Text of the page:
APL revenue declined 1% this quarter, with education publishing down 2% and professional learning flat. Adjusted EBITDA rose 4% due to cost savings initiatives for Q3 EBITDA margin of 30%. This is up from 29% in the prior year period.
Overall, while APL revenue declined modestly this quarter, year-to-date revenue growth of 3% is tracking to our full year outlook. We continue to drive margin improvement overall and we feel very good about the consistent demand and long-term prospects for digital career-connected education for both students and for professionals.
Within this segment, education publishing performance was driven by lower year-on-year enrollment in the U.S. and unfavorable comparisons to last year’s unusual COVID bump. For the quarter, we saw continued growth in digital content in zyBooks and in Alpha Courseware, offset by declines in printed course material and test prep products.
Let me say a few words about the current unusual phase in the university content market. In 2020, in the first half of 2021, COVID drove record numbers of students into digital programs in settings, where our digital content and courseware were simply essential. More recently, there has been a natural return to Earth of digital enrollment numbers made worse by a very strong economy.
Post secondary education has always been countercyclical. And this year, some students have predictably chosen to defer school to pursue career opportunities. Consequently, undergraduate numbers are down over 6% since the fall of 2019. That’s a million less students in the U.S. system. All this naturally affects our ed pub revenue, which is down 2% year-to-date, modestly off what we expected.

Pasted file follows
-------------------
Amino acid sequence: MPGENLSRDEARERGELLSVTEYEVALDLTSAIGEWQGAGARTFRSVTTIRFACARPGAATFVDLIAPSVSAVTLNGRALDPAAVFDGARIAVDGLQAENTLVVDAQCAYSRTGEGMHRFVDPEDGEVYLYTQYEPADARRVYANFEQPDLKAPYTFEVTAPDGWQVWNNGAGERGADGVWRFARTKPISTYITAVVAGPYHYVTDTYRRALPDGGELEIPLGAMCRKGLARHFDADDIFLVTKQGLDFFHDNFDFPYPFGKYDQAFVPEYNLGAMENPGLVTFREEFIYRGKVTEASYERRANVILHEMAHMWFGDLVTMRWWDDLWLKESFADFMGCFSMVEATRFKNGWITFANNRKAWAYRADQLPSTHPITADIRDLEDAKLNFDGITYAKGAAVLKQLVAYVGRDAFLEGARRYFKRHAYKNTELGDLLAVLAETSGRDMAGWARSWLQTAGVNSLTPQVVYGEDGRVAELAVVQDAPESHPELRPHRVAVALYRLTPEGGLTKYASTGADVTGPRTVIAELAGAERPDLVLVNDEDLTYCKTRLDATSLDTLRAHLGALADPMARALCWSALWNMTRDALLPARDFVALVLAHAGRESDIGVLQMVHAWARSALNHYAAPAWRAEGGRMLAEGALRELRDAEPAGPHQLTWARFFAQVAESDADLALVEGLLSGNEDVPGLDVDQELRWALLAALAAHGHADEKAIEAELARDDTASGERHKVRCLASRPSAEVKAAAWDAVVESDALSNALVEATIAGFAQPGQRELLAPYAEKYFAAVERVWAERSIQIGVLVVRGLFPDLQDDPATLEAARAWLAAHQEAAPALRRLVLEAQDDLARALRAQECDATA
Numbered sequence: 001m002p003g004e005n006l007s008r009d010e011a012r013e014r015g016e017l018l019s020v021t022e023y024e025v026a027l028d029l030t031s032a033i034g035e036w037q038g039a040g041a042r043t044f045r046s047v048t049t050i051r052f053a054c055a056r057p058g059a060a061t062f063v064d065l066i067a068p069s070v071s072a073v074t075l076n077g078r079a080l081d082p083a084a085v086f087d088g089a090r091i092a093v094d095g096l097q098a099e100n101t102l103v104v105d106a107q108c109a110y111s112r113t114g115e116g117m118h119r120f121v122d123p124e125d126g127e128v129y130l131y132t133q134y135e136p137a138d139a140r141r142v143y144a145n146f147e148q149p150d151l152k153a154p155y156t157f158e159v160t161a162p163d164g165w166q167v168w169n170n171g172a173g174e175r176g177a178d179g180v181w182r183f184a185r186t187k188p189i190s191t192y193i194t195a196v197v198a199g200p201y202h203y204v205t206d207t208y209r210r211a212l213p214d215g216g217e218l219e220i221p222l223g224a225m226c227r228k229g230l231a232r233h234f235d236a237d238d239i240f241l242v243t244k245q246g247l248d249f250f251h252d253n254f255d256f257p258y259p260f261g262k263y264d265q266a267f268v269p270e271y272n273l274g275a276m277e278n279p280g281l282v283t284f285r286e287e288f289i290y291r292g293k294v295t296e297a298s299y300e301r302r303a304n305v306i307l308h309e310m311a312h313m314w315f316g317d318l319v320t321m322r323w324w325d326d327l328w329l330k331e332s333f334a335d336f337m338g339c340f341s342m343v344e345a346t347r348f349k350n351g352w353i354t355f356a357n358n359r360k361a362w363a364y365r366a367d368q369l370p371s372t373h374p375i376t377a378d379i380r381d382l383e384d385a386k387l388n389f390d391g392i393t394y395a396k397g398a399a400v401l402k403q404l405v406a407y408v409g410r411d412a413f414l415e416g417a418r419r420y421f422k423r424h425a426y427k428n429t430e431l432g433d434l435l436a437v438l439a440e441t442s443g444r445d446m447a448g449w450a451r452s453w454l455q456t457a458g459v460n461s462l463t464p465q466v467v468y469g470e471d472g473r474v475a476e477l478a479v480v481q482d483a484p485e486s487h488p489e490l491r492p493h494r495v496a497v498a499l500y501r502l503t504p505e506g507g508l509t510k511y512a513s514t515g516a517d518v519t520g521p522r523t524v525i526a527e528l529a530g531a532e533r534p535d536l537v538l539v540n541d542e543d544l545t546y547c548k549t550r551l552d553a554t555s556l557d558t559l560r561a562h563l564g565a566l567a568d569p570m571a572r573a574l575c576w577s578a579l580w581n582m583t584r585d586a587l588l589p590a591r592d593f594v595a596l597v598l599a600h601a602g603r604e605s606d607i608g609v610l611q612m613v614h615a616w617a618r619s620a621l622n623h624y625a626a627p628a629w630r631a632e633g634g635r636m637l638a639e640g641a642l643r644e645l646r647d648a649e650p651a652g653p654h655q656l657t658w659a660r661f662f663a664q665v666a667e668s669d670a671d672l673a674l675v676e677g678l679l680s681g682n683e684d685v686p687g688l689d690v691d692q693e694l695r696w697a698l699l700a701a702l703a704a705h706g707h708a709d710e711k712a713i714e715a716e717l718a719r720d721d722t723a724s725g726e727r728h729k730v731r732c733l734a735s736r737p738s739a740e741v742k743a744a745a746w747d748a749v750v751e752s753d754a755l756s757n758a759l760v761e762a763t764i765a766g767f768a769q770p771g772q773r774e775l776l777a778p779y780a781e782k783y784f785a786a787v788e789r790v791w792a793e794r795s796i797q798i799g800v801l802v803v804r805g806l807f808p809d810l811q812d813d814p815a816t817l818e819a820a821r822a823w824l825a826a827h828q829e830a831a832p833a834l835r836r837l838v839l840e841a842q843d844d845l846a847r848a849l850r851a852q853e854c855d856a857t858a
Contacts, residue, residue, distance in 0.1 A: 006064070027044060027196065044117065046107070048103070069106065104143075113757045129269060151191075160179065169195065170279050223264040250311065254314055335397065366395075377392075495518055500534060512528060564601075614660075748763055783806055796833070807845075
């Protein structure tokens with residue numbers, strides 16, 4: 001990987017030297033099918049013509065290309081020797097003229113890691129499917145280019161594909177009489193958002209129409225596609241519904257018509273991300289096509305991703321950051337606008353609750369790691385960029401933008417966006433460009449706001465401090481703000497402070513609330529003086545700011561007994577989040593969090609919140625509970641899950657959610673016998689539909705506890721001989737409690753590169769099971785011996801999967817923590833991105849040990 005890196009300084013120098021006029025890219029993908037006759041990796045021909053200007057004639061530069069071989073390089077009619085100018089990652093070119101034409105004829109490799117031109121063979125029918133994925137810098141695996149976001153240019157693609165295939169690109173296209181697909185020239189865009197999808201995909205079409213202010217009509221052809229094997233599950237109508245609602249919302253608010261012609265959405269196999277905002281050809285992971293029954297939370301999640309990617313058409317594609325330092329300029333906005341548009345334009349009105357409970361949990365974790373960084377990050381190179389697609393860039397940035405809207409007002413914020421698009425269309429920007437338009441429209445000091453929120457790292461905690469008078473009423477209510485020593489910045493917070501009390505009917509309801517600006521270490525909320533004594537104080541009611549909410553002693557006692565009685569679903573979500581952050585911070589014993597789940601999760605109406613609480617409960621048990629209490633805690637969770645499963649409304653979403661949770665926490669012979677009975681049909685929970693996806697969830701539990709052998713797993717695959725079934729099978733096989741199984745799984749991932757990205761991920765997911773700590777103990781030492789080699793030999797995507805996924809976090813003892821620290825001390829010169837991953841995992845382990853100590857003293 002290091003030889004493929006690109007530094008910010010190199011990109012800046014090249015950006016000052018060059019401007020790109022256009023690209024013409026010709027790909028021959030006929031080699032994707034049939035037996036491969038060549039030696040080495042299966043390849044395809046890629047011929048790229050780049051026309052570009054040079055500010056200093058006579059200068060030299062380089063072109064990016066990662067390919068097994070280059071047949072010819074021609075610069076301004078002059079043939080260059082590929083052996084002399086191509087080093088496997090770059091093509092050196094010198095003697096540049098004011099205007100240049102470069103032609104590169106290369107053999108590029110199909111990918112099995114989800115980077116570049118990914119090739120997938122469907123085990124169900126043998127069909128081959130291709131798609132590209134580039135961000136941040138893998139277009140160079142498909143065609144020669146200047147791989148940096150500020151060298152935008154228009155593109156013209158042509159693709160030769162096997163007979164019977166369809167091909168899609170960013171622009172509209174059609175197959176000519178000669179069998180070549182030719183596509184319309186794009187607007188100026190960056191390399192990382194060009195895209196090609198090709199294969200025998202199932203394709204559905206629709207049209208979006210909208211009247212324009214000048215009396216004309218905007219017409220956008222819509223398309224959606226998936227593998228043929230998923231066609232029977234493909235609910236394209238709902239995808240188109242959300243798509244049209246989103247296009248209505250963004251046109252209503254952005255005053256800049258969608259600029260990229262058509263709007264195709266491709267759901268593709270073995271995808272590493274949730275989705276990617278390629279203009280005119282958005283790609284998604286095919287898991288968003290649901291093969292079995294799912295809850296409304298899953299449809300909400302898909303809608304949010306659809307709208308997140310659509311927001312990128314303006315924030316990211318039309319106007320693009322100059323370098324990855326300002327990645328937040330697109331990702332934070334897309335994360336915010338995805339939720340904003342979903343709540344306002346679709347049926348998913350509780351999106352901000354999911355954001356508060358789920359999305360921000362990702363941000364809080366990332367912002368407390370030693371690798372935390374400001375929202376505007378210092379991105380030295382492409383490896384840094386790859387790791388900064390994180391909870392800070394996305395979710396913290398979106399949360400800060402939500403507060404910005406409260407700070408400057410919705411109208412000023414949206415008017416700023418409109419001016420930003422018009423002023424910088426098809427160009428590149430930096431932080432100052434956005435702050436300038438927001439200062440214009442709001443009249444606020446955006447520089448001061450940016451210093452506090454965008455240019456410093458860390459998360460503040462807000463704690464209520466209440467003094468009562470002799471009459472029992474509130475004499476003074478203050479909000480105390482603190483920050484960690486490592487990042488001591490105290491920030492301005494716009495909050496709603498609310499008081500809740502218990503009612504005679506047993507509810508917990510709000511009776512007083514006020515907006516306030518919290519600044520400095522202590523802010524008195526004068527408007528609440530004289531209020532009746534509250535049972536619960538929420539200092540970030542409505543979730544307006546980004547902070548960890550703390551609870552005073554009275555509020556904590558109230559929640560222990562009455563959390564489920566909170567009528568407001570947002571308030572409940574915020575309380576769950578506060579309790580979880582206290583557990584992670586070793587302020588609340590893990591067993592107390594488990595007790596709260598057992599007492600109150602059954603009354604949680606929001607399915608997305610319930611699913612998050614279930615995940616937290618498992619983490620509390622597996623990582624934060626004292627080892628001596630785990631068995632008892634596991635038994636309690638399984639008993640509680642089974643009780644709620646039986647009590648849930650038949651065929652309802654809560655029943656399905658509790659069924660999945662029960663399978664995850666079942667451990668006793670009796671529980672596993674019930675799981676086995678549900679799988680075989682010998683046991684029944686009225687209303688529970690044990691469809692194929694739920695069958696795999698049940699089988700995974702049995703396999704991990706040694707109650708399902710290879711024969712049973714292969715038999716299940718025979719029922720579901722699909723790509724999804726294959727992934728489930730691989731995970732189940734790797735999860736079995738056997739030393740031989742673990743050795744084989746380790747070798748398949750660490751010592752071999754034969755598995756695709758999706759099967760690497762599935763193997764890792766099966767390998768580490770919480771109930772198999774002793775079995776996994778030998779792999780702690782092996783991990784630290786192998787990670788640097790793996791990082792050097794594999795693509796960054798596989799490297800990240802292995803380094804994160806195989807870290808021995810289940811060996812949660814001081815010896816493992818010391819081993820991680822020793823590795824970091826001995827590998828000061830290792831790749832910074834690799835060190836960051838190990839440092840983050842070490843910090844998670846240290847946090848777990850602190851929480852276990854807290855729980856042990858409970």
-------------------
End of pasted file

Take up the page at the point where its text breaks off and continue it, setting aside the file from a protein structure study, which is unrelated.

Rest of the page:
As you will see in a moment, we’re seeing similar enrollment-driven effects in our university services business. That said we remain quite confident in the long-term global trends in post secondary education, along with the opportunities for winning content and courseware to return to growth as we emerge from this unusual period.
In our professional learning lines of business, revenue was flat year-over-year due to the easing of the pandemic-related tailwinds that we saw last year for professional books, including our dummies products. On the positive side, the strong recovery in corporate soft skills training programs continued for both virtual and in-person delivery, with growth up 18% in the quarter and 28% year-to-date.